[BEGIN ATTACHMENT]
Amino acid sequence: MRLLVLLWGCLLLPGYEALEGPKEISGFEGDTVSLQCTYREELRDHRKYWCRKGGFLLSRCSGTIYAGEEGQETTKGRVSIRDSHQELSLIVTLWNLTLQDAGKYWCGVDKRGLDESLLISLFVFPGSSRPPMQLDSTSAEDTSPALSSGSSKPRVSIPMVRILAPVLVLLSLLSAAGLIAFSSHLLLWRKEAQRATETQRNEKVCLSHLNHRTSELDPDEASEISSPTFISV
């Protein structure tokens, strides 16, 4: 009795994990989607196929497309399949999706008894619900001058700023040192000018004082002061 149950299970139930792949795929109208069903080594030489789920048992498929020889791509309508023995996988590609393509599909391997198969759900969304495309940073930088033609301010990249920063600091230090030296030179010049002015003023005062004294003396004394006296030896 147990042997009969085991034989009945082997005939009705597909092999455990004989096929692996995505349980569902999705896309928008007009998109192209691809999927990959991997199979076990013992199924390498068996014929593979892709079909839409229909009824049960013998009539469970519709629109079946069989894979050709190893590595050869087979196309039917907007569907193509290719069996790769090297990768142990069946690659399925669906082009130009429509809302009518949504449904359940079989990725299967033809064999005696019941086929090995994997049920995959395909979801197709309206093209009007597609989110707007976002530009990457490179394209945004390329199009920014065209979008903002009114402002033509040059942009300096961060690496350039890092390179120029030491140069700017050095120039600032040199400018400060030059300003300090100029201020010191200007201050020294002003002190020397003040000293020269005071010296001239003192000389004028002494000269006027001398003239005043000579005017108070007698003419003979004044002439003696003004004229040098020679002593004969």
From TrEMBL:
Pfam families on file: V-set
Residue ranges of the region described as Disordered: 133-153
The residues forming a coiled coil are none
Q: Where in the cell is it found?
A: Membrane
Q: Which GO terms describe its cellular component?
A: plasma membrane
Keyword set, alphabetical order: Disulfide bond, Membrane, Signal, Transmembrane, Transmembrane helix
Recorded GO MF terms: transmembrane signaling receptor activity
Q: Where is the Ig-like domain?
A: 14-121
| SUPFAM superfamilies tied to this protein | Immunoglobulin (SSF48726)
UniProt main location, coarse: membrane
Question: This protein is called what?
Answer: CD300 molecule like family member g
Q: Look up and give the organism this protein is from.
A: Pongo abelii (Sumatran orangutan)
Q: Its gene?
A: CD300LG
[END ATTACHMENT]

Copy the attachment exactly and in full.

Amino acid sequence: MRLLVLLWGCLLLPGYEALEGPKEISGFEGDTVSLQCTYREELRDHRKYWCRKGGFLLSRCSGTIYAGEEGQETTKGRVSIRDSHQELSLIVTLWNLTLQDAGKYWCGVDKRGLDESLLISLFVFPGSSRPPMQLDSTSAEDTSPALSSGSSKPRVSIPMVRILAPVLVLLSLLSAAGLIAFSSHLLLWRKEAQRATETQRNEKVCLSHLNHRTSELDPDEASEISSPTFISV
């Protein structure tokens, strides 16, 4: 009795994990989607196929497309399949999706008894619900001058700023040192000018004082002061 149950299970139930792949795929109208069903080594030489789920048992498929020889791509309508023995996988590609393509599909391997198969759900969304495309940073930088033609301010990249920063600091230090030296030179010049002015003023005062004294003396004394006296030896 147990042997009969085991034989009945082997005939009705597909092999455990004989096929692996995505349980569902999705896309928008007009998109192209691809999927990959991997199979076990013992199924390498068996014929593979892709079909839409229909009824049960013998009539469970519709629109079946069989894979050709190893590595050869087979196309039917907007569907193509290719069996790769090297990768142990069946690659399925669906082009130009429509809302009518949504449904359940079989990725299967033809064999005696019941086929090995994997049920995959395909979801197709309206093209009007597609989110707007976002530009990457490179394209945004390329199009920014065209979008903002009114402002033509040059942009300096961060690496350039890092390179120029030491140069700017050095120039600032040199400018400060030059300003300090100029201020010191200007201050020294002003002190020397003040000293020269005071010296001239003192000389004028002494000269006027001398003239005043000579005017108070007698003419003979004044002439003696003004004229040098020679002593004969």
From TrEMBL:
Pfam families on file: V-set
Residue ranges of the region described as Disordered: 133-153
The residues forming a coiled coil are none
Q: Where in the cell is it found?
A: Membrane
Q: Which GO terms describe its cellular component?
A: plasma membrane
Keyword set, alphabetical order: Disulfide bond, Membrane, Signal, Transmembrane, Transmembrane helix
Recorded GO MF terms: transmembrane signaling receptor activity
Q: Where is the Ig-like domain?
A: 14-121
| SUPFAM superfamilies tied to this protein | Immunoglobulin (SSF48726)
UniProt main location, coarse: membrane
Question: This protein is called what?
Answer: CD300 molecule like family member g
Q: Look up and give the organism this protein is from.
A: Pongo abelii (Sumatran orangutan)
Q: Its gene?
A: CD300LG